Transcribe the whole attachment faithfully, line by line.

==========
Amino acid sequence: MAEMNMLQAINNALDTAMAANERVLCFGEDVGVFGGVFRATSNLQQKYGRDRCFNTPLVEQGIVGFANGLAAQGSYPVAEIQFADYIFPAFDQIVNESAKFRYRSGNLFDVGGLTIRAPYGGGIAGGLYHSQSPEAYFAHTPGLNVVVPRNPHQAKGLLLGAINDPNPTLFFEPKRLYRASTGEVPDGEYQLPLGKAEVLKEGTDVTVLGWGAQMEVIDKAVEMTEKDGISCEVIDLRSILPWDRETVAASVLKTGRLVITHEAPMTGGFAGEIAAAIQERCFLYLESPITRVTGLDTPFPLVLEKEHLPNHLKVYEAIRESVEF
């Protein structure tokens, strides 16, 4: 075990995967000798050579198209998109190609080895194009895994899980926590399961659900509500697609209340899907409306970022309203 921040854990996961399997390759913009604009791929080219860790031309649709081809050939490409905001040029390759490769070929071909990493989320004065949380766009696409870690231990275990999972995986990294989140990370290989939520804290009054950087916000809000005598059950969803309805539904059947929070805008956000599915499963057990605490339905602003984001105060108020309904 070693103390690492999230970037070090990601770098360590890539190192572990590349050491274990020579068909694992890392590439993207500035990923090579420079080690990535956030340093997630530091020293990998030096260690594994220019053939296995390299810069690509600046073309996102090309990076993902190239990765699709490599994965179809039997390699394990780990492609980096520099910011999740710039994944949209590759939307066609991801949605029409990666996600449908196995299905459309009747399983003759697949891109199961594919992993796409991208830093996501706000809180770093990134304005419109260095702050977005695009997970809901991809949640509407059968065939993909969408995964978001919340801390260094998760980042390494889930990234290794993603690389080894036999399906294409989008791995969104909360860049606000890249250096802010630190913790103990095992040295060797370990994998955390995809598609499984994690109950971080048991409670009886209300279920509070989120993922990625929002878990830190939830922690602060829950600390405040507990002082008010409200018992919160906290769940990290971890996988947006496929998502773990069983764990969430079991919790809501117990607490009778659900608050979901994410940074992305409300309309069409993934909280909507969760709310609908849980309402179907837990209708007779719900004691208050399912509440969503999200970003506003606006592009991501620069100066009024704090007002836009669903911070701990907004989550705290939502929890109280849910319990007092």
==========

Amino acid sequence: MAEMNMLQAINNALDTAMAANERVLCFGEDVGVFGGVFRATSNLQQKYGRDRCFNTPLVEQGIVGFANGLAAQGSYPVAEIQFADYIFPAFDQIVNESAKFRYRSGNLFDVGGLTIRAPYGGGIAGGLYHSQSPEAYFAHTPGLNVVVPRNPHQAKGLLLGAINDPNPTLFFEPKRLYRASTGEVPDGEYQLPLGKAEVLKEGTDVTVLGWGAQMEVIDKAVEMTEKDGISCEVIDLRSILPWDRETVAASVLKTGRLVITHEAPMTGGFAGEIAAAIQERCFLYLESPITRVTGLDTPFPLVLEKEHLPNHLKVYEAIRESVEF
């Protein structure tokens, strides 16, 4: 075990995967000798050579198209998109190609080895194009895994899980926590399961659900509500697609209340899907409306970022309203 921040854990996961399997390759913009604009791929080219860790031309649709081809050939490409905001040029390759490769070929071909990493989320004065949380766009696409870690231990275990999972995986990294989140990370290989939520804290009054950087916000809000005598059950969803309805539904059947929070805008956000599915499963057990605490339905602003984001105060108020309904 070693103390690492999230970037070090990601770098360590890539190192572990590349050491274990020579068909694992890392590439993207500035990923090579420079080690990535956030340093997630530091020293990998030096260690594994220019053939296995390299810069690509600046073309996102090309990076993902190239990765699709490599994965179809039997390699394990780990492609980096520099910011999740710039994944949209590759939307066609991801949605029409990666996600449908196995299905459309009747399983003759697949891109199961594919992993796409991208830093996501706000809180770093990134304005419109260095702050977005695009997970809901991809949640509407059968065939993909969408995964978001919340801390260094998760980042390494889930990234290794993603690389080894036999399906294409989008791995969104909360860049606000890249250096802010630190913790103990095992040295060797370990994998955390995809598609499984994690109950971080048991409670009886209300279920509070989120993922990625929002878990830190939830922690602060829950600390405040507990002082008010409200018992919160906290769940990290971890996988947006496929998502773990069983764990969430079991919790809501117990607490009778659900608050979901994410940074992305409300309309069409993934909280909507969760709310609908849980309402179907837990209708007779719900004691208050399912509440969503999200970003506003606006592009991501620069100066009024704090007002836009669903911070701990907004989550705290939502929890109280849910319990007092």